Mentally ill people are living in 1963!

I have been searching high and low for some “historical mentor” or some inspiration to help me express my thoughts. I have limited my search to the 20th and 21st centuries. Anything before that seemed irrelevant for the message I’d like to convey.

After days of research, I believe I have found it. It is a speech that struck me and baffled me. It is the famous speech of Dr. Martin Luther King; “I have a dream”, delivered on August 28, 1963.

Before I go any further I want to make it very clear that I am not and wouldn’t dare to compare his fight, his cause to ours nor do I compare myself to him in any way. I am only referring to his phenomenal text as an inspirational guideline.

I have a dream too, that we, mentally ill people will be treated and considered the same as anyone else in society.

Mental illness bears no colour, no race, no gender, no sexual preferences or social economical standing.

It strikes without discrimination and yet we are discriminated.

I was reading Dr. King’s famous speech and gave me the inspiration that I was looking for. Their battle doesn’t have anything in common with ours. But it dawned on me that, if Dr. King was able to move a nation and make the impact that he did, facing violence, hardcore segregation. Fighting for a battle which seemed impossible to win. He did it. He paid the ultimate price but he did it. If he has done for a cause far more riskier and seemingly impossible to achieve then why can’t we do it for ours.

Today’s society is not accepting us. If you have the time and interest to read his speech, I believe that you will agree with me that we are still living in the 60s as far as our rights are concerned.

It is not by having seminars held by some so-called doctors or other bogus awareness day and empty speeches that we will accomplish anything. In my opinion, as I have already stated in previous posts, it is doing us more harm than good.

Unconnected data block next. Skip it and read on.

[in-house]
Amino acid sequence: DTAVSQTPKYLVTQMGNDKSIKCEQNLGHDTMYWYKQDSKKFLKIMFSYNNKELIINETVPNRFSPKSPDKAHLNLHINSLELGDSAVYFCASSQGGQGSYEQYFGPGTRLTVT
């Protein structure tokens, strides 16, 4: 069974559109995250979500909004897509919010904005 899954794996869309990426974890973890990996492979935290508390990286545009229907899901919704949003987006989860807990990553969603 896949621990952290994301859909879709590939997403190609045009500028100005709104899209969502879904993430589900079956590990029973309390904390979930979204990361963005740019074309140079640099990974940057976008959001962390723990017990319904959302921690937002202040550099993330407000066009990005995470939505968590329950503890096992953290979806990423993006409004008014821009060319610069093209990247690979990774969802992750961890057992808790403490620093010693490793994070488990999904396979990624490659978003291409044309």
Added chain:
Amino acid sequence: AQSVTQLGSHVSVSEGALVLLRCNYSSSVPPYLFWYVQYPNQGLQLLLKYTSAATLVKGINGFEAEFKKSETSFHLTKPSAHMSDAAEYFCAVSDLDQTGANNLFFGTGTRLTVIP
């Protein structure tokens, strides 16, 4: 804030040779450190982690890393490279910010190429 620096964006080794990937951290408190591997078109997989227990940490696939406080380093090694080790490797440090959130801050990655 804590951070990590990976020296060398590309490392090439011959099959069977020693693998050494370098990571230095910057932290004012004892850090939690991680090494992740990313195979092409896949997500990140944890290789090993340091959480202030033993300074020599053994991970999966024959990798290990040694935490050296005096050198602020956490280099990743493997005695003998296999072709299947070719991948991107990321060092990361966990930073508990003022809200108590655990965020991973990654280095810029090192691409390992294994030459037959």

Why don’t we have a bipolar seminar where only bipolars can come as well as other mentally ill people? Ms. Zeta-Jones and Mr. Dreyfuss are welcome of course.

Mentally ill people have been abused, reduced to vegetable and kept behind lock doors, victims of mental torture and all of this has been kept under the carpet for far too long.

I was told that a famous clinic in the French region of Switzerland was over medicating bipolars to reduce them to flower pots as they didn’t know or didn’t want to know how to deal with them. It is only recently that they are trying to start to medicate bipolars more efficiently. Trying! What an outrage.

Nobody wants us and/or believes in us. Lawmakers and others are avoiding to address the issues. For them, we are a costly problem. The perception is that we are a minority which cannot contribute positively to society. Also, we are a small portion of society with little voting power, therefore, we have no political impact hence no support from politicians. I know that I am repeating myself but it cannot be said enough times that if we are living in a free world is because of the leadership of a bipolar named Sir Winston Churchill. We have to change these negative preconceived ideas and turn them into positive ones. Only us can make a difference, and we will. We need support from a major establishment, which I’m working on. I need to increase my visibility and credibility one way or another. Basically, I need all the support than I can get.

I am new to this universe of blogging but I am not new in fighting for what I believe in.

I live about two hours away from Geneva where all the international institutions are based. When ready, we will knock on their doors present our case, our needs, and goals. It’s going to be tough but achievable.